and exposure to the highest temperatures in the refrigeration cycle, the desuperheater provides
optimum conditions for the formation of scale given a water with a scaling chemistry.
In some cases, desuperheaters in installations with very hard water have become completely
plugged by scale buildup rendering them inoperable. Unfortunately, in most cases this has
occurred without the owners awareness of the problem. This results from the sequence of
operation for desuperheaters. Basically, the desuperheater is intended to provide only a portion
of the domestic hot water heating needs of the residence. Heat is available to be recovered when
the heat pump is operating to produce space heating or cooling. When the heat pump is not
operating, the domestic hot water heater meets the water heating requirements. As the formation
6

of scale slowly reduces the capacity of the desuperheater, the domestic hot water heater simply
picks up the difference. The gradual erosion of savings may proceed unnoticed by the
homeowner.
For open loop systems, the same situation exists in the desuperheater as described above. In
addition, the main refrigerant to water heat exchanger is also exposed to the well water.
Depending upon the specific water chemistry, scaling could occur in both the heating and cooling
modes but the cooling mode would be the more susceptible due to the higher temperatures
involved.
Figure 4, modified from data in Carrier, 1965 illustrates the impact of scale formation on the
performance of a heat pump operating in the cooling mode with 55 oF entering water at 2
gpm/ton. With just .03" of scale on the heat exchanger surface the heat pump power consumption
is 19% higher than with a clean surface.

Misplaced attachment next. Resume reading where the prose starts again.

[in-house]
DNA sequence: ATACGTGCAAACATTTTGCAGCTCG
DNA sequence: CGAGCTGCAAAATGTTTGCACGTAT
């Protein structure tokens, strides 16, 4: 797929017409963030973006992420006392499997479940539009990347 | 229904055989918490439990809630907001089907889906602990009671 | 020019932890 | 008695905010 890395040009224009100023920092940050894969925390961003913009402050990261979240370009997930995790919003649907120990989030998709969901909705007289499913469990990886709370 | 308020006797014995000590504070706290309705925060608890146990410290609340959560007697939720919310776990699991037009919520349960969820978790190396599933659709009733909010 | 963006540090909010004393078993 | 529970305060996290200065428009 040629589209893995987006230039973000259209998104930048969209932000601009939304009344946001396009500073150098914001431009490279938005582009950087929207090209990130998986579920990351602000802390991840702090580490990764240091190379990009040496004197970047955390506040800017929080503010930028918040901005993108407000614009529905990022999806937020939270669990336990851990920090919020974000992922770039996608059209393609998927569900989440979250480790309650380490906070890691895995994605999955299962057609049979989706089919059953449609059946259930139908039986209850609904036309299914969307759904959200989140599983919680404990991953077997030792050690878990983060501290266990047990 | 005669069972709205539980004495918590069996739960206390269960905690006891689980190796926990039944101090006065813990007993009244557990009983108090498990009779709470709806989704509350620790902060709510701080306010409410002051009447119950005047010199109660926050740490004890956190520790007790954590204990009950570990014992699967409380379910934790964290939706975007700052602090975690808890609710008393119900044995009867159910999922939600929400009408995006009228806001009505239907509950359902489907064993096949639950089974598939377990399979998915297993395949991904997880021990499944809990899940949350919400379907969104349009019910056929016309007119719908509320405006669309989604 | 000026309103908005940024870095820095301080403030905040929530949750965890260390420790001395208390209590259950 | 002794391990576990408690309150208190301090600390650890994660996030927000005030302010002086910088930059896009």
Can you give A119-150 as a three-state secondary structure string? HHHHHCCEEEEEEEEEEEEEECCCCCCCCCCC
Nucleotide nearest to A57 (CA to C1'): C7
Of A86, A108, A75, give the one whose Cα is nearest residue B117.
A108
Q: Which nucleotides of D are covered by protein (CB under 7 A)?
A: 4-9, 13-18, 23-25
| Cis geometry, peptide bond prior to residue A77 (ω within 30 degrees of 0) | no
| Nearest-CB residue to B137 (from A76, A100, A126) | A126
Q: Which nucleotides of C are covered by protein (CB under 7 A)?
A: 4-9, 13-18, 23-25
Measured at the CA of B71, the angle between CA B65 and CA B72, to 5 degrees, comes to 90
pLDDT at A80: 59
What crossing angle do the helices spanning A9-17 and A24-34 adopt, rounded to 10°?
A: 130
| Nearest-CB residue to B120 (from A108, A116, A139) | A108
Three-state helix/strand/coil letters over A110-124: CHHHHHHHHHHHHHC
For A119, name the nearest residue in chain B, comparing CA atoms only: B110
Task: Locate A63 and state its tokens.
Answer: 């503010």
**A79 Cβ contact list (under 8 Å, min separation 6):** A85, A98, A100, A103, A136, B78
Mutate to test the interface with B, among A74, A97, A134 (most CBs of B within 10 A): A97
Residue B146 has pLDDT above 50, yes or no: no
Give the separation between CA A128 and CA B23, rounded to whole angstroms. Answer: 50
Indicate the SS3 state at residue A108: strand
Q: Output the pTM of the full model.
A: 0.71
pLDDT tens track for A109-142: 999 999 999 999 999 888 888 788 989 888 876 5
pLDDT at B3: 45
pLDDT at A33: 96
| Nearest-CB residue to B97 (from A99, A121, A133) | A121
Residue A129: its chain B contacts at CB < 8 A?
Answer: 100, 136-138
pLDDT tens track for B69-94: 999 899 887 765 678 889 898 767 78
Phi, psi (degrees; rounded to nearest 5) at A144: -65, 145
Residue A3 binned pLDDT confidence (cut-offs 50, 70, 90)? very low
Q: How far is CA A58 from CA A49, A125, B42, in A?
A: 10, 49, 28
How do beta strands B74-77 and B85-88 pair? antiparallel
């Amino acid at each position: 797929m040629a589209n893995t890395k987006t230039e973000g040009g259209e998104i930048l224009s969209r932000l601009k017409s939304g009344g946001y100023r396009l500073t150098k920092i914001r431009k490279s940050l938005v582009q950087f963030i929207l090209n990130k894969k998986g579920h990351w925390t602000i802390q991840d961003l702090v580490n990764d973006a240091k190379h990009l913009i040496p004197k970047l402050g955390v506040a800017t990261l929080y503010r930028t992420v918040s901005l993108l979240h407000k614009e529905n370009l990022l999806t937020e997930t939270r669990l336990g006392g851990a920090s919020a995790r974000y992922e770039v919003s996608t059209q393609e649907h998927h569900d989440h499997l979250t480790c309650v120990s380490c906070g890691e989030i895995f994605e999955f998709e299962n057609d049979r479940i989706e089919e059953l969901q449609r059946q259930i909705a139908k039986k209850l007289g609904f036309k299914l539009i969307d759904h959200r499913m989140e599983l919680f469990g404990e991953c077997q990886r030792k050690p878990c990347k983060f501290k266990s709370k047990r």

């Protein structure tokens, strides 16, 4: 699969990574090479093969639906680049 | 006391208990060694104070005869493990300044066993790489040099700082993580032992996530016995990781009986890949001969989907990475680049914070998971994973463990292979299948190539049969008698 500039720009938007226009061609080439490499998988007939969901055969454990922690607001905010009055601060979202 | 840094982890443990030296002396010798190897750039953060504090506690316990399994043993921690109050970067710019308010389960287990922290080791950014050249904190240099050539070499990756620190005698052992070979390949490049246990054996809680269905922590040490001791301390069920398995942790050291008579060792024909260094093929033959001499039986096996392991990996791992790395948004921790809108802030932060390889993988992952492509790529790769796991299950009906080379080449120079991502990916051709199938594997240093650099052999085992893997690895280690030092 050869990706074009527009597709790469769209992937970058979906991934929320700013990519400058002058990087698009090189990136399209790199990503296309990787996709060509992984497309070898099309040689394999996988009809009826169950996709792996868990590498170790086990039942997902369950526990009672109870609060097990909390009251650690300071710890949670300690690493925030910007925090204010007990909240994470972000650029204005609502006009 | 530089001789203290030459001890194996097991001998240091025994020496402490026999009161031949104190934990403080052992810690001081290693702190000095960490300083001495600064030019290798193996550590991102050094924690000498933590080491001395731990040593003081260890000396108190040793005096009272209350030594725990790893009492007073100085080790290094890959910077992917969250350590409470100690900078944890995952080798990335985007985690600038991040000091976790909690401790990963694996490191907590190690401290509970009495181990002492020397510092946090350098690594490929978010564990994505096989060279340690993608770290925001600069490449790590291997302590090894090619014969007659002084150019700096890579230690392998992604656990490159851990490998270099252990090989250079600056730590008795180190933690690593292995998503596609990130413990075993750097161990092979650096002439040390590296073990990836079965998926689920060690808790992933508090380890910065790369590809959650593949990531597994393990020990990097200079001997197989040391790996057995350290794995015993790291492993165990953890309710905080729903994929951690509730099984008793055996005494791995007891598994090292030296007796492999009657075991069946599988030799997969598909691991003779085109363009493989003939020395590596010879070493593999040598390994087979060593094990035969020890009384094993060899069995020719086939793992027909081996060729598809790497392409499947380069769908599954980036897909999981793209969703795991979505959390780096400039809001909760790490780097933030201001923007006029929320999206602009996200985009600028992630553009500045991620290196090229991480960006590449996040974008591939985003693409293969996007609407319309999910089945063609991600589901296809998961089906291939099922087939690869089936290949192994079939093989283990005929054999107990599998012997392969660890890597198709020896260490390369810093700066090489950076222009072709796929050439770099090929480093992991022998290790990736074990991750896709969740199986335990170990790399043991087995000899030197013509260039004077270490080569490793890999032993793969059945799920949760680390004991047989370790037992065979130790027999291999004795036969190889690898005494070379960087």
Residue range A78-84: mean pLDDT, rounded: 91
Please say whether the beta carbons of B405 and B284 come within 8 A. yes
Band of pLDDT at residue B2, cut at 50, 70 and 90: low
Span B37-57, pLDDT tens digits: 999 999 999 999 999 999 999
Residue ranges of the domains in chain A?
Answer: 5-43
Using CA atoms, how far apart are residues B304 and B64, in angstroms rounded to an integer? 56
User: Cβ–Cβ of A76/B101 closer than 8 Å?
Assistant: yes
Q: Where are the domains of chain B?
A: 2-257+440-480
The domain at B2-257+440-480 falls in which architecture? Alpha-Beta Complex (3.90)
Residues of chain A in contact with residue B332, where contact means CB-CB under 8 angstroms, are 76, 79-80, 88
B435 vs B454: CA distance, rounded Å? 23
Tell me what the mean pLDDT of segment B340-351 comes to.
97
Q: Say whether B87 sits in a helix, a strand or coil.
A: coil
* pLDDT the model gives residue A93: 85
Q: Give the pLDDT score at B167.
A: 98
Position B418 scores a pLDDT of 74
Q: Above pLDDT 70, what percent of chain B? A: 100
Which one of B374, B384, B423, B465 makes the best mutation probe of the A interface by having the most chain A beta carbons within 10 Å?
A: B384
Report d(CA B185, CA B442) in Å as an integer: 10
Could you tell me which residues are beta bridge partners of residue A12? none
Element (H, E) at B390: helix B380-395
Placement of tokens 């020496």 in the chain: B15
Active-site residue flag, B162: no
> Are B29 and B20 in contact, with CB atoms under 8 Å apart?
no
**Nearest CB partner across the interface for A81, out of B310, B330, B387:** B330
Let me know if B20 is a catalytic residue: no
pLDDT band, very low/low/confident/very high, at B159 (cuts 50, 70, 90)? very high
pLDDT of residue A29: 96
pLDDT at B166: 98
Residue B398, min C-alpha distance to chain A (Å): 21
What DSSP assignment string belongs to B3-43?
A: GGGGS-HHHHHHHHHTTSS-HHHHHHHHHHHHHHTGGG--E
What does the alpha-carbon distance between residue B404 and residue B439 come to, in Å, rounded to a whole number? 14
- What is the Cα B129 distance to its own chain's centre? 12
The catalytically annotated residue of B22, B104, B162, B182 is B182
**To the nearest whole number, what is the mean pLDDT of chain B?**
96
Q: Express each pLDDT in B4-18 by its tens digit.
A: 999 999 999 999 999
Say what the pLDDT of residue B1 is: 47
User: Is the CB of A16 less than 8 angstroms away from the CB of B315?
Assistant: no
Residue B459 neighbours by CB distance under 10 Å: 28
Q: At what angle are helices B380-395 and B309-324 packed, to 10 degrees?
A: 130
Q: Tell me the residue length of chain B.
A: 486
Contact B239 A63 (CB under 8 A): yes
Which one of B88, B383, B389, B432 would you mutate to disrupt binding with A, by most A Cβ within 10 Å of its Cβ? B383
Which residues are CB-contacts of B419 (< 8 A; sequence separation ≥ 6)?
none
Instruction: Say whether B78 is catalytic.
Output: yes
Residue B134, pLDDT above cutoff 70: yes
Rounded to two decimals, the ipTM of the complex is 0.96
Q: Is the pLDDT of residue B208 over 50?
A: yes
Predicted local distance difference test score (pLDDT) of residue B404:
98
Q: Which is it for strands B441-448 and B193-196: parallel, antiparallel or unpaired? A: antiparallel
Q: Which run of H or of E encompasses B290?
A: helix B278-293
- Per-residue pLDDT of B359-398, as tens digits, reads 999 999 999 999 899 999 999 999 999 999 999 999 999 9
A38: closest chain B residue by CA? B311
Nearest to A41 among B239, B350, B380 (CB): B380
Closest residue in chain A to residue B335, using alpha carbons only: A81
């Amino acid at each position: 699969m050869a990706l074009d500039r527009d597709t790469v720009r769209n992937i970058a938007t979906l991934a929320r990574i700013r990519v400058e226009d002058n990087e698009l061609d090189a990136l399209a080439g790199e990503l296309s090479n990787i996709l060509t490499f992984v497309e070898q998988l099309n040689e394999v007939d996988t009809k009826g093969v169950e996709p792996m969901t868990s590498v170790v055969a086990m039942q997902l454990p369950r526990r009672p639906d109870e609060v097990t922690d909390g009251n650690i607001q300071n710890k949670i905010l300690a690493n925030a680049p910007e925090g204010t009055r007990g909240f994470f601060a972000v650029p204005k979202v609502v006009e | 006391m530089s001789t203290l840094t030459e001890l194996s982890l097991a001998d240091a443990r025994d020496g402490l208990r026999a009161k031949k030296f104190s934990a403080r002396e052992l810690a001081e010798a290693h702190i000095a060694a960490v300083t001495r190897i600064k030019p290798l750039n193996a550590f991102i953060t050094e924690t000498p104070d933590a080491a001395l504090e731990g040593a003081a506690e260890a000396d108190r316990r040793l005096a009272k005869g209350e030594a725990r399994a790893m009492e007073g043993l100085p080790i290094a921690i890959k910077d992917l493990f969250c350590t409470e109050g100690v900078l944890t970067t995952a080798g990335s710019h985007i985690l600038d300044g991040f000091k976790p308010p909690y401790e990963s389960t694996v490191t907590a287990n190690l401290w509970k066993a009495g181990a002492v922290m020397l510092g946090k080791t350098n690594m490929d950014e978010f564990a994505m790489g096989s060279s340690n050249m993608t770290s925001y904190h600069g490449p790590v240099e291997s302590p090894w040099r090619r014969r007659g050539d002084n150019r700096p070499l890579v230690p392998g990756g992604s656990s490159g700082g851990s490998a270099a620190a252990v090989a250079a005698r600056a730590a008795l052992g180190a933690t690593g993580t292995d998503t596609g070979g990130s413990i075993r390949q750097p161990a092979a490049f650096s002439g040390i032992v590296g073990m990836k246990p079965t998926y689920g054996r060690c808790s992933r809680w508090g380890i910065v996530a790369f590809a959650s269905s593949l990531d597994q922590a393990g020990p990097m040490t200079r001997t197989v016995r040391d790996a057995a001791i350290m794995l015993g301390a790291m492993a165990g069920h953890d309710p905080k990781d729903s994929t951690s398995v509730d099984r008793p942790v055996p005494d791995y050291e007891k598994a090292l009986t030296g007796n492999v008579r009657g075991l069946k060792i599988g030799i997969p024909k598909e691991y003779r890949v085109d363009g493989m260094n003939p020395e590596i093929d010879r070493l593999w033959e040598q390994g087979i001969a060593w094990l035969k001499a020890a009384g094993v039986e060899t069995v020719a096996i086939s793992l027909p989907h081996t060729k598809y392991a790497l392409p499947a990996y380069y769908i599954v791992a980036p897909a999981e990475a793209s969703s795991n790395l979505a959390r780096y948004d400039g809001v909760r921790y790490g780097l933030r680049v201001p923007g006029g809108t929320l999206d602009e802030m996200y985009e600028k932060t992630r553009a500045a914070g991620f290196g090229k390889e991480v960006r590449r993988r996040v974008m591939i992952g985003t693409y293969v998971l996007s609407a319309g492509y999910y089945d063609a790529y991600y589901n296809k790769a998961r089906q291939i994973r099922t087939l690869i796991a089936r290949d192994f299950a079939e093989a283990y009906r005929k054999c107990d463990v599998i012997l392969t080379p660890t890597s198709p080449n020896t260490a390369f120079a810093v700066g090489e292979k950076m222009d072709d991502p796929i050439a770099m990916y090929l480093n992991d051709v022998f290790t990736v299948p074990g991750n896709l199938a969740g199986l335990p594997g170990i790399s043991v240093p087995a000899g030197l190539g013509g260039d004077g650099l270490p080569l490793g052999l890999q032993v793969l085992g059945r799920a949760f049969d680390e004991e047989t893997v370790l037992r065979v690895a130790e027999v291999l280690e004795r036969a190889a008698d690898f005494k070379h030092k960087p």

Impact of Scale on Performance


cooling mode - 55 F EWT
20
19
EER

18
17
16
15
14
0

0.01

0.02
0.03
Scale Thickness - inches

0.04

Figure 4.
In large commercial systems, the groundwater is isolated from the building loop using a plateand-frame heat exchanger. This eliminates the potential for scaling in the heat pump units. In
addition, it reduces the maximum temperature to which the groundwater is exposed. In
applications in which the groundwater is supplied directly to the heat pump unit, the water
encounters surface temperatures as high as 160oF in the hot gas inlet area. By contrast, in a
system using an isolation heat exchanger, the maximum water temperature encountered would be
in the range of 90oF. Since scaling is a partially temperature driven phenomenon, the use of the
isolation heat exchanger is more than simply a strategy of moving the scaling from the heat
pumps to the plate heat exchanger. Due to the difference in exposure temperatures, it reduces the
propensity for scale formation of a given water chemistry relative to that encountered in systems
where the water is used directly.
7

PREDICTING SCALE FORMATION


The goal of this work was to produce a series of maps indicating the regions of the US in which
the potential for scaling in heat pump heat exchangers. Little data is available that offers a
comprehensive evaluation of individual aquifer water chemistry. To characterize aquifers in
terms of a national scope, it is necessary to focus on a single parameter in order to acquire data of
a uniform level of accuracy and resolution. For purposes of this work, hardness was chosen as
the parameter upon which to base the indication of scale potential.
As discussed earlier, to make a qualitative determination of scaling potential (using LSI or RSI),
it is necessary to know the calcium hardness, M alkalinity, TDS, pH and temperature. Of these,
temperature is known as far as what would be encountered in a heat pump, pH is easily measured
in the field without the necessity of a lab test and TDS tends to mirror hardness in terms of
concentration (high hardness accompanies high TDS). Alkalinity is helpful in characterizing the